I made it through Epiphany and the holidays have given way to writing again. My friend Margaret, who has a treasure trove of old books, lent me a curious children’s book, Robinson Crusoe in Words of One Syllable by Mary Godolphin. Lucy Aiken wrote under this pseudonym in the 19th century. The book was published by George Routledge & Sons, one of a series that included The Swiss Family Robinson.
I opened the book, skeptical about its readability, and was surprised to find that it reads very well. Here’s an excerpt:
I could swim well, but the force of the waves made me lose my breath too much to do so. At length one large wave took me to the shore, and left me high and dry, though half dead with fear. I got on my feet and made the best of my way for the land; but just then the curve of a huge wave rose up as high as a hill, and this I had no strength to keep from, so it took me back to the sea.
Read the entire text here http://www.learn-to-read-prince-george.com/support-files/robinsonc.pdf
As a former reading teacher of primary students, this book interests me. It’s a window into the way reading was thought to be accessible in those days. It’s really the first of its kind. The preface says that other one syllable literature consisted of unconnected sentences in spelling books.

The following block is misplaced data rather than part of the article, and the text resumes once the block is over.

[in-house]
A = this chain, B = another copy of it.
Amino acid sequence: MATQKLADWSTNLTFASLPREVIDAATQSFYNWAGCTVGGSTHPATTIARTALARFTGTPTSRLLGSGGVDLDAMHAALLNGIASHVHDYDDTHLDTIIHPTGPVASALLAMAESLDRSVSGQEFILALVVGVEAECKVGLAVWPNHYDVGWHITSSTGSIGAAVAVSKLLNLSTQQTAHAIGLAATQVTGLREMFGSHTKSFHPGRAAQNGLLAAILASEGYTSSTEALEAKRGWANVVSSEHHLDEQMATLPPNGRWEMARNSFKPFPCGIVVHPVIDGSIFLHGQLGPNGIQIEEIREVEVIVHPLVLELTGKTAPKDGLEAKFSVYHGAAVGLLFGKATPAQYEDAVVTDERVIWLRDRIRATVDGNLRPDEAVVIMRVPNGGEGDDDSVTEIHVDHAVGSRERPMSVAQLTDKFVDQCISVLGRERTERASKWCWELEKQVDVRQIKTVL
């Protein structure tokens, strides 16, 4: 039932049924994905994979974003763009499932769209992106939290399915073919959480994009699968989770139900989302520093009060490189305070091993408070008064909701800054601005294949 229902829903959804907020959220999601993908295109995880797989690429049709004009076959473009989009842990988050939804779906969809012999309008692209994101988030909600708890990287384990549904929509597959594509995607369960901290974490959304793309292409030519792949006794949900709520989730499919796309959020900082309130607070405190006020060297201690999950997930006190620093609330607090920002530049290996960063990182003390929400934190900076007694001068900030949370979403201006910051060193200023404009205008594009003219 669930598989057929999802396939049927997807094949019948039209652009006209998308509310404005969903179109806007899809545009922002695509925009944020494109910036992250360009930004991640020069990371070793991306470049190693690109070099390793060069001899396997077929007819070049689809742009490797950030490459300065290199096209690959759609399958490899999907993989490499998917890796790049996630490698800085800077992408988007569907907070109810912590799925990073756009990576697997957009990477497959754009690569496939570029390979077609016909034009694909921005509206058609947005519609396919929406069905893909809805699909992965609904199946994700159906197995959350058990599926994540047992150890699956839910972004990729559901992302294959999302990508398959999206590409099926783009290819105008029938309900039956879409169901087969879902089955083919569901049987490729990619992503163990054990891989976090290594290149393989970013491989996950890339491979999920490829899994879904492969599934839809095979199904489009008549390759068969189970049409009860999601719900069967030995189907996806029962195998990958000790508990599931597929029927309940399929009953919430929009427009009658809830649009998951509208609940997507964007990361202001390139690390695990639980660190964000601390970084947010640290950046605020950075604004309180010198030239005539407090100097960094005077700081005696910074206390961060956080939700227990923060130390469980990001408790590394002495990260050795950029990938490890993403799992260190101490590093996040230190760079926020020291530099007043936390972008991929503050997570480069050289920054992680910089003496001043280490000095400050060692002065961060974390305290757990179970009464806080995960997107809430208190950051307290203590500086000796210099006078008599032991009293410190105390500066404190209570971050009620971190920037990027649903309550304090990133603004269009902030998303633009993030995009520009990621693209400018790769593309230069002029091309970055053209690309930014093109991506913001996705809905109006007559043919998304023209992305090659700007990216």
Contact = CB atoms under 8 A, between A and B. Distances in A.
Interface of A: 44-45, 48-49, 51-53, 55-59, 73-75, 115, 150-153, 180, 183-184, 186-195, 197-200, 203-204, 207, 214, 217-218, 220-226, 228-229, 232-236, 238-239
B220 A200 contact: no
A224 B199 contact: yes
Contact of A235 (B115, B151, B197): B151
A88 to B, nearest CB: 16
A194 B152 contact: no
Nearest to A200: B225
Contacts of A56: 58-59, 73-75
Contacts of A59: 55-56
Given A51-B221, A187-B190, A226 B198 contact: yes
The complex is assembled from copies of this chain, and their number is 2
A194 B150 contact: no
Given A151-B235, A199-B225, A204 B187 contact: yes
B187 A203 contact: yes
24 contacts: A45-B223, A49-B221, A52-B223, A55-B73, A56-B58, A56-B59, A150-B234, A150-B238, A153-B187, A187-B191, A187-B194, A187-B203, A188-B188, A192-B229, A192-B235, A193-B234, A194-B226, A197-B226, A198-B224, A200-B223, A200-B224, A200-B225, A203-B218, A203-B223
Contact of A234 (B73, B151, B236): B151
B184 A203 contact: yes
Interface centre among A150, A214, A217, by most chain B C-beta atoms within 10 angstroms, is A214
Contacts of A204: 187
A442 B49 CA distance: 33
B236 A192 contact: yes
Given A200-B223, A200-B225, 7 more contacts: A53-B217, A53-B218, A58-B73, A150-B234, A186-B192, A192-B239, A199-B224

Without undertaking a complete analysis of the text above, we can see a big difference when compared to readability markers we are used to today. No concern for sentence complexity is evident in this passage. There are several consonant blends and no repeated words to anchor on. In document readability, it sc ores a Flesch Kincaid grade level of 8.3.
Colin Whitely viewed this book as a translation in his blog The Translation Bridgehttp://www.quicksilvertranslate.com/en/blog/robinson-crusoe-in-words-of-one-syllable.axd
He says, “One interesting way to consider the art of the translator is to compare it to that of a poet. Both attempt to express ideas in writing within some very specific constraints.”
Lucy Aiken produced an amazing book within the constraints of one syllable. It’s worth a look at this predecessor of today’s easy readers.